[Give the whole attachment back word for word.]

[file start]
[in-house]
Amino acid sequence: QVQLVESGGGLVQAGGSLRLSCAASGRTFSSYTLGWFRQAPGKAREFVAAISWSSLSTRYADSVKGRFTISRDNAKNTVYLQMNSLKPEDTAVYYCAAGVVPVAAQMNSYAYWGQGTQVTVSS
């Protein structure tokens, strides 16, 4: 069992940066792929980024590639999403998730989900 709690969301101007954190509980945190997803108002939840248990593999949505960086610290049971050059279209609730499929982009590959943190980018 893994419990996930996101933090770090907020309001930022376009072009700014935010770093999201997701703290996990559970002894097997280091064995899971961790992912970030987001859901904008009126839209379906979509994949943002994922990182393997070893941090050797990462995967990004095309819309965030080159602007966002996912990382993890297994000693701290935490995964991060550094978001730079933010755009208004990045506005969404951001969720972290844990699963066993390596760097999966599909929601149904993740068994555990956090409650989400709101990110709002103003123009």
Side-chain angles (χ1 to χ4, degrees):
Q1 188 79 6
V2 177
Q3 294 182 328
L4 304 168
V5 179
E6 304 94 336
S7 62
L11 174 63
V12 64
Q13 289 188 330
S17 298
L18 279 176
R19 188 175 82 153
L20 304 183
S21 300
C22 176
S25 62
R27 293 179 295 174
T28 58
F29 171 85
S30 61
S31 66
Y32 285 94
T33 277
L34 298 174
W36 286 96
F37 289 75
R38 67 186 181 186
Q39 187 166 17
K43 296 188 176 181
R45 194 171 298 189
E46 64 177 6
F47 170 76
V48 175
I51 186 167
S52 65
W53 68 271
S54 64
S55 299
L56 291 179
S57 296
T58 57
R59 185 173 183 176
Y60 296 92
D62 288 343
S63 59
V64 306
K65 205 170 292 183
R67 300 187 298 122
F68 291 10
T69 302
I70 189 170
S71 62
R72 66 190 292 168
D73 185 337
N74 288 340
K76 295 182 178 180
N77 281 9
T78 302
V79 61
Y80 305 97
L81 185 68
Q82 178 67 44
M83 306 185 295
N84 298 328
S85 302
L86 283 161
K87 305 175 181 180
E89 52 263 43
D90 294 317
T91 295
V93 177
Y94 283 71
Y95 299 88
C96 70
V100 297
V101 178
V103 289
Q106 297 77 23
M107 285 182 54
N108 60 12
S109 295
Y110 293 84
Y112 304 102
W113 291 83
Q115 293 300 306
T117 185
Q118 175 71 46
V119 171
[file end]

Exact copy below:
[in-house]
Amino acid sequence: QVQLVESGGGLVQAGGSLRLSCAASGRTFSSYTLGWFRQAPGKAREFVAAISWSSLSTRYADSVKGRFTISRDNAKNTVYLQMNSLKPEDTAVYYCAAGVVPVAAQMNSYAYWGQGTQVTVSS
């Protein structure tokens, strides 16, 4: 069992940066792929980024590639999403998730989900 709690969301101007954190509980945190997803108002939840248990593999949505960086610290049971050059279209609730499929982009590959943190980018 893994419990996930996101933090770090907020309001930022376009072009700014935010770093999201997701703290996990559970002894097997280091064995899971961790992912970030987001859901904008009126839209379906979509994949943002994922990182393997070893941090050797990462995967990004095309819309965030080159602007966002996912990382993890297994000693701290935490995964991060550094978001730079933010755009208004990045506005969404951001969720972290844990699963066993390596760097999966599909929601149904993740068994555990956090409650989400709101990110709002103003123009």
Side-chain angles (χ1 to χ4, degrees):
Q1 188 79 6
V2 177
Q3 294 182 328
L4 304 168
V5 179
E6 304 94 336
S7 62
L11 174 63
V12 64
Q13 289 188 330
S17 298
L18 279 176
R19 188 175 82 153
L20 304 183
S21 300
C22 176
S25 62
R27 293 179 295 174
T28 58
F29 171 85
S30 61
S31 66
Y32 285 94
T33 277
L34 298 174
W36 286 96
F37 289 75
R38 67 186 181 186
Q39 187 166 17
K43 296 188 176 181
R45 194 171 298 189
E46 64 177 6
F47 170 76
V48 175
I51 186 167
S52 65
W53 68 271
S54 64
S55 299
L56 291 179
S57 296
T58 57
R59 185 173 183 176
Y60 296 92
D62 288 343
S63 59
V64 306
K65 205 170 292 183
R67 300 187 298 122
F68 291 10
T69 302
I70 189 170
S71 62
R72 66 190 292 168
D73 185 337
N74 288 340
K76 295 182 178 180
N77 281 9
T78 302
V79 61
Y80 305 97
L81 185 68
Q82 178 67 44
M83 306 185 295
N84 298 328
S85 302
L86 283 161
K87 305 175 181 180
E89 52 263 43
D90 294 317
T91 295
V93 177
Y94 283 71
Y95 299 88
C96 70
V100 297
V101 178
V103 289
Q106 297 77 23
M107 285 182 54
N108 60 12
S109 295
Y110 293 84
Y112 304 102
W113 291 83
Q115 293 300 306
T117 185
Q118 175 71 46
V119 171